EXPANSION OF RICE CULTIVATION IN IMPERIAL CHINA
Wet rice cultivation required the warmer and wetter climate that is present in South China. The vast territory controlled by Imperial China was generally categorized into distinctive geographic regions of north and south. The west-east stretching boundary region that separated northern China from southern China was formed by two major topographical features with the Qingling Mountains dominating the boundary region in the west and the Huai River controlling the boundary region in east. The most prominent topographical feature of northern China is the Yellow River, while the most prominent topographical feature of southern China is the Yangtze River.
The Middle Imperial Period began with the Sui Dynasty in 581 and ended with Song Dynasty in 1279. During the Middle Imperial Period from 609 to 1200, the population of northern China shrank 3.8% from 31.4 million to 30.2 million people and the population of southern China grew 629.8% from 10.3 million people to 75.3 million people. In 609, 75.3% of people lived in the north and 24.7% lived in the south. In 1200, 28.6% of people lived in the north and 71.4% of people lived in the south. The demographic distribution of Imperial China between the north and the south essentially reversed from 609 to 1200, with southern China increasing from one-fourth to three-fourths of the total population and northern China decreasing from three-fourths to one-fourth of the total population.
During the reign of the Sui Dynasty from 581 to 618, the major waterways of the Grand Canal were constructed between the Yellow River in the northern capital region and the Yangtze River in the southern rural region. The Grand Canal was the main transportation system that supported the proliferation of rice farming because it enabled crops grown in the south to be efficiently shipped to distant end markets in the north.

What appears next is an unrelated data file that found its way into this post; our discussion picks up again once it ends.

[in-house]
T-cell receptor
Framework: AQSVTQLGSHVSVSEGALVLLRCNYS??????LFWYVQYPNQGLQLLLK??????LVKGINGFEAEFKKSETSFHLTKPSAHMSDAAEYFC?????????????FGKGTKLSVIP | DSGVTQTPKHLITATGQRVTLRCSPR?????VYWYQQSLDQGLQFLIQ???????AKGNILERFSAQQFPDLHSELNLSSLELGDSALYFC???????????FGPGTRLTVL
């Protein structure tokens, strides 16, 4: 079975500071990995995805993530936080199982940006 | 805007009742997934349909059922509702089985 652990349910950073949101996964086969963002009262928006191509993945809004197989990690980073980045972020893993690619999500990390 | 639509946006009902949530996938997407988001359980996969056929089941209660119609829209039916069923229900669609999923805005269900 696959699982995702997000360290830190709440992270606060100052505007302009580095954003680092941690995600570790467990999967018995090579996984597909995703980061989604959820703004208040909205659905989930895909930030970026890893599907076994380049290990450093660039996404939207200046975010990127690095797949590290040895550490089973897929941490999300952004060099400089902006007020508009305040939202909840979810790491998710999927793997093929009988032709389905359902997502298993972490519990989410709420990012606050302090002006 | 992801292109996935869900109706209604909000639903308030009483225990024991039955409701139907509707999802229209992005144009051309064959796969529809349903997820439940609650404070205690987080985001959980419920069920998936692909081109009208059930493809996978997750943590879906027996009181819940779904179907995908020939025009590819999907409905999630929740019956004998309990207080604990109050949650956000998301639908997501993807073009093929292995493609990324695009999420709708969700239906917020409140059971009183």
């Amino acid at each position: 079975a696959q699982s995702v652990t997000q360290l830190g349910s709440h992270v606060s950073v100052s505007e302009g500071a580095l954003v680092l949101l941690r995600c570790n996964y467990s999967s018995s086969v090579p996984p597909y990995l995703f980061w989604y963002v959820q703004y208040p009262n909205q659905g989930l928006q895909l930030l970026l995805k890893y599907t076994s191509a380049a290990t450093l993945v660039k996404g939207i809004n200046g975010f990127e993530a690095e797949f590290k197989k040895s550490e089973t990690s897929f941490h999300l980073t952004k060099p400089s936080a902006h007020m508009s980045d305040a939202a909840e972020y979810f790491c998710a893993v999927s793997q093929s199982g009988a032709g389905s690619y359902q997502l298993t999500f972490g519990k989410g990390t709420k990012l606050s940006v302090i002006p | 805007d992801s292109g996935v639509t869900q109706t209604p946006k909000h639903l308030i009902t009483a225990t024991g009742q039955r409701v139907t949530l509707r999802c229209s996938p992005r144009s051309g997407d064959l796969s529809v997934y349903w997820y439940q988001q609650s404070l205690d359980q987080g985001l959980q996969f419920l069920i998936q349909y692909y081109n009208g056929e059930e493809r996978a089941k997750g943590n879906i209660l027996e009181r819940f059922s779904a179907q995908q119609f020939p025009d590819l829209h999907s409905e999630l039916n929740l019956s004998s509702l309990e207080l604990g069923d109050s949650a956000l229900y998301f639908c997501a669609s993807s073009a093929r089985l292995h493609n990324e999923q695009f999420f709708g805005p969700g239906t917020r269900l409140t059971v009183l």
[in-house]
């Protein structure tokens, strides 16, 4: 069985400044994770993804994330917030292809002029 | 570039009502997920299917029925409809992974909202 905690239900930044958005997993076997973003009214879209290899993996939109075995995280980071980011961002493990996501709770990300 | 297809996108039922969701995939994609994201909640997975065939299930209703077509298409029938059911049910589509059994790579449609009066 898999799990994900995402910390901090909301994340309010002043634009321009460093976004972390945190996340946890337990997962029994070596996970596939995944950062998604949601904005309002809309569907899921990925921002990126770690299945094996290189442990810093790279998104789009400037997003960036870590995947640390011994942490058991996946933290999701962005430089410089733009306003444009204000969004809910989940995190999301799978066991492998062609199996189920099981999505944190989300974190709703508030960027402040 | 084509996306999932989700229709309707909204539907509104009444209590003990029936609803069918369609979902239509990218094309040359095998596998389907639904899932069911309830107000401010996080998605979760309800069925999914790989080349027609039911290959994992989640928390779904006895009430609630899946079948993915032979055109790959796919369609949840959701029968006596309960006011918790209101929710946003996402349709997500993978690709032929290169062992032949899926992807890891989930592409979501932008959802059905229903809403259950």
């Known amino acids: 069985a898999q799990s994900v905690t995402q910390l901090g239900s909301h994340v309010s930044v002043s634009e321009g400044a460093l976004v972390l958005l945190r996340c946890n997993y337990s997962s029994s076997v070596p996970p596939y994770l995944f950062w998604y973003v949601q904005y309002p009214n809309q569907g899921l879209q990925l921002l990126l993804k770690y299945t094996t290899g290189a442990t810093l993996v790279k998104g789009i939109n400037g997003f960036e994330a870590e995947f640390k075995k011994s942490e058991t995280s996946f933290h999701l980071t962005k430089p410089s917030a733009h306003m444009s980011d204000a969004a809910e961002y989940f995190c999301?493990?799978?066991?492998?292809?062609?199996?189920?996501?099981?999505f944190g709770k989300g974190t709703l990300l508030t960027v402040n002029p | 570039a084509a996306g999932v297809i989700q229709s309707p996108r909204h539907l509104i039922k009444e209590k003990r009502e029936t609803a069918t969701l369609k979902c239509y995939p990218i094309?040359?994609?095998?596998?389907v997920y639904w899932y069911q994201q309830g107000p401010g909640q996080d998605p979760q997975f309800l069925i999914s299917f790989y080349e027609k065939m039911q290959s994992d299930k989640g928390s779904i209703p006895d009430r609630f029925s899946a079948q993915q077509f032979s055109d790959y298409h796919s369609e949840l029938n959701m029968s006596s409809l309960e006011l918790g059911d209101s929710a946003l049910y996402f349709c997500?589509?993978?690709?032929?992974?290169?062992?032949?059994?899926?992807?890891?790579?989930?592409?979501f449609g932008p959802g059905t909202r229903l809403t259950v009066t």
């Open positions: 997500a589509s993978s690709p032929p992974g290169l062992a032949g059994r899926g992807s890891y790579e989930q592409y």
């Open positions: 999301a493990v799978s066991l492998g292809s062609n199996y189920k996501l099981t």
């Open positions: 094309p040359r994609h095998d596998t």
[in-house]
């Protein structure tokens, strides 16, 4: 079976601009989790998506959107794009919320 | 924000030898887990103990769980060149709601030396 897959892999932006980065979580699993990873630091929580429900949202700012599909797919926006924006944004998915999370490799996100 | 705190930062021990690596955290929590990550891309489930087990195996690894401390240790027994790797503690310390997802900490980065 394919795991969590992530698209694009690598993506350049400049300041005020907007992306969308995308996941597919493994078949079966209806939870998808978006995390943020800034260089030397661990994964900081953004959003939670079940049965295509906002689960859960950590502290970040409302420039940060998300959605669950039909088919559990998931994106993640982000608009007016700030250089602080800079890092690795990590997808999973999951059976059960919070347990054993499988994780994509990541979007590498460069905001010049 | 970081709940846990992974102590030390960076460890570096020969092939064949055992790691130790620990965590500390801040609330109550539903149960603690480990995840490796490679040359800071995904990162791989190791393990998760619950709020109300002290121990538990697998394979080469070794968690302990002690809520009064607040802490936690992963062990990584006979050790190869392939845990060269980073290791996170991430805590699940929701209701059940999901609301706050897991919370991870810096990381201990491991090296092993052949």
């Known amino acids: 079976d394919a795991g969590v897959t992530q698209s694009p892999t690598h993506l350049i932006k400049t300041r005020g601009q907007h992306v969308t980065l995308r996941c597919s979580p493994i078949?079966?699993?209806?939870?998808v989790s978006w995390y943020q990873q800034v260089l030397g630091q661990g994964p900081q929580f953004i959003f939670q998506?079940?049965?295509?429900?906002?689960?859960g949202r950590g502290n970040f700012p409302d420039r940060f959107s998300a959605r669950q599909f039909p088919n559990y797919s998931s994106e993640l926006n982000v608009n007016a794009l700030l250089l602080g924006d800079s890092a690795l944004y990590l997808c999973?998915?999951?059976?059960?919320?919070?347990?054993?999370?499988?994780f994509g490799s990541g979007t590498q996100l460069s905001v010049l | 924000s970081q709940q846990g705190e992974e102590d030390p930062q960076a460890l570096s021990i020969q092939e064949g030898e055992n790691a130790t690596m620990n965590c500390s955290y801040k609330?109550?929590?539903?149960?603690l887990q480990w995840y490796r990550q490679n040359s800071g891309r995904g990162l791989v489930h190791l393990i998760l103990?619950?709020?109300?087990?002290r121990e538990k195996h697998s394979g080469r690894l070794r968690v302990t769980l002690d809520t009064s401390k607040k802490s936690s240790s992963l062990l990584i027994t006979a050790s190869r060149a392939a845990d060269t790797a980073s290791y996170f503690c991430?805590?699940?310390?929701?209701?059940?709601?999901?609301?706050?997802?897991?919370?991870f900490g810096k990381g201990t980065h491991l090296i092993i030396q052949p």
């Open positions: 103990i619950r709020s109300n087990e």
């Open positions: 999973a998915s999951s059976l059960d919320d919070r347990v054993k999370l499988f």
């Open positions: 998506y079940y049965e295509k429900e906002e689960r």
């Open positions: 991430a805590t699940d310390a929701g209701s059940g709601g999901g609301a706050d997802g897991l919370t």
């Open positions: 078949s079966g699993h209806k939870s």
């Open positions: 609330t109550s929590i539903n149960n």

During the Tang Dynasty from 618 to 907, China initially flourished in the early Tang period with peace and stability until the outbreak of the An Lushan Rebellion in 755 began a long era of regional instability throughout northern China. Although the Tang Dynasty were ultimately able to quell the An Lushan Rebellion after nearly 14 years of gruesome warfare, Imperial China had sustained such devastating losses that the strength of the central authority in the north became dwarfed by the power of regional military governors. Until the Song unification in 960, Northern China would continue to face many periods of rebellion and warfare that caused a significant southward population shift.
During the Northern Song Dynasty from 960 to 1127, the reestablishment of strong centralized imperial rule in China created a historic era of economic expansion and technological advancement that greatly improved farming practices for wet rice cultivation. There were innovations in wet rice agriculture with fertilization techniques for enriched soil, seed varieties for greater yields, and engineering designs for superior irrigation
During the Southern Song Dynasty from 1127 to 1279, the imperial capital in the north was lost to foreign invasions and relocated to the south that accompanied large populations of refugees to migrate to the south. Initially, large numbers of migrants settled along the Yangtze River near the imperial capital. Following significant territorial gains by the Mongols, more migrants settled further southward around the Pearl River and reclaimed significant coastal lands for rice cultivation.
Canal construction supported the proliferation of rice farming because it enabled crops grown in southern China to be efficiently shipped to distant end markets in the north. Regional instability throughout northern China compelled significant populations of migrants to relocate in the south. Technological innovation greatly improved farming practices for wet rice cultivation. Foreign invasion in northern China provoked large refugee populations to flee southward.
Robert Hartwell, “Demographic, Political, and Social Transformations of China, 750-1550,” Harvard Journal of Asiatic Studies 42, no. 2 (Dec. 1982): 369.